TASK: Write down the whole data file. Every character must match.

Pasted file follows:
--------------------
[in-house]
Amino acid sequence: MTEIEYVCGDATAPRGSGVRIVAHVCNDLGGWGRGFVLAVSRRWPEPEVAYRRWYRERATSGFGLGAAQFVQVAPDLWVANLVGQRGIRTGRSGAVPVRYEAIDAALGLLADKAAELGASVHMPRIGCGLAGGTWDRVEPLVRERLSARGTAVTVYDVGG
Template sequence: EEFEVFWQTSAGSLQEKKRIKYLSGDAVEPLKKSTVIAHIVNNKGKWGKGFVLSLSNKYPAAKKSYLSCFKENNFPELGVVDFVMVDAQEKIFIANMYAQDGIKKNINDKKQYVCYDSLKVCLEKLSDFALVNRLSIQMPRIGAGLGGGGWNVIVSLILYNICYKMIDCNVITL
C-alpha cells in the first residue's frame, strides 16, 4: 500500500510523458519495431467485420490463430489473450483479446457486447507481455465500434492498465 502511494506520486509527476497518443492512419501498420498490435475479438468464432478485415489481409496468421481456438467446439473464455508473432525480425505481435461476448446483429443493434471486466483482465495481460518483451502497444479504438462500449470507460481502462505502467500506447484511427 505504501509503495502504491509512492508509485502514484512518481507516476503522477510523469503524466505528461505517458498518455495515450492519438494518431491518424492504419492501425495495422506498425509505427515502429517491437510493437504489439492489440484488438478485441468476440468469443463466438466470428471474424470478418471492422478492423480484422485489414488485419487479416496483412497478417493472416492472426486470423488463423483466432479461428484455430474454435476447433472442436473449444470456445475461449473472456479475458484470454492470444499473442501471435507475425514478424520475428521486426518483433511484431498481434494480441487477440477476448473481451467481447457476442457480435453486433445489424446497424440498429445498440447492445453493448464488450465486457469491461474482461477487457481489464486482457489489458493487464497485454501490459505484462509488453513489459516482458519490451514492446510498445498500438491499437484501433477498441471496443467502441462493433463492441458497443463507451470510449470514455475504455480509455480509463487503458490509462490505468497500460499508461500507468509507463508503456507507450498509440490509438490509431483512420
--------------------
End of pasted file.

[in-house]
Amino acid sequence: MTEIEYVCGDATAPRGSGVRIVAHVCNDLGGWGRGFVLAVSRRWPEPEVAYRRWYRERATSGFGLGAAQFVQVAPDLWVANLVGQRGIRTGRSGAVPVRYEAIDAALGLLADKAAELGASVHMPRIGCGLAGGTWDRVEPLVRERLSARGTAVTVYDVGG
Template sequence: EEFEVFWQTSAGSLQEKKRIKYLSGDAVEPLKKSTVIAHIVNNKGKWGKGFVLSLSNKYPAAKKSYLSCFKENNFPELGVVDFVMVDAQEKIFIANMYAQDGIKKNINDKKQYVCYDSLKVCLEKLSDFALVNRLSIQMPRIGAGLGGGGWNVIVSLILYNICYKMIDCNVITL
C-alpha cells in the first residue's frame, strides 16, 4: 500500500510523458519495431467485420490463430489473450483479446457486447507481455465500434492498465 502511494506520486509527476497518443492512419501498420498490435475479438468464432478485415489481409496468421481456438467446439473464455508473432525480425505481435461476448446483429443493434471486466483482465495481460518483451502497444479504438462500449470507460481502462505502467500506447484511427 505504501509503495502504491509512492508509485502514484512518481507516476503522477510523469503524466505528461505517458498518455495515450492519438494518431491518424492504419492501425495495422506498425509505427515502429517491437510493437504489439492489440484488438478485441468476440468469443463466438466470428471474424470478418471492422478492423480484422485489414488485419487479416496483412497478417493472416492472426486470423488463423483466432479461428484455430474454435476447433472442436473449444470456445475461449473472456479475458484470454492470444499473442501471435507475425514478424520475428521486426518483433511484431498481434494480441487477440477476448473481451467481447457476442457480435453486433445489424446497424440498429445498440447492445453493448464488450465486457469491461474482461477487457481489464486482457489489458493487464497485454501490459505484462509488453513489459516482458519490451514492446510498445498500438491499437484501433477498441471496443467502441462493433463492441458497443463507451470510449470514455475504455480509455480509463487503458490509462490505468497500460499508461500507468509507463508503456507507450498509440490509438490509431483512420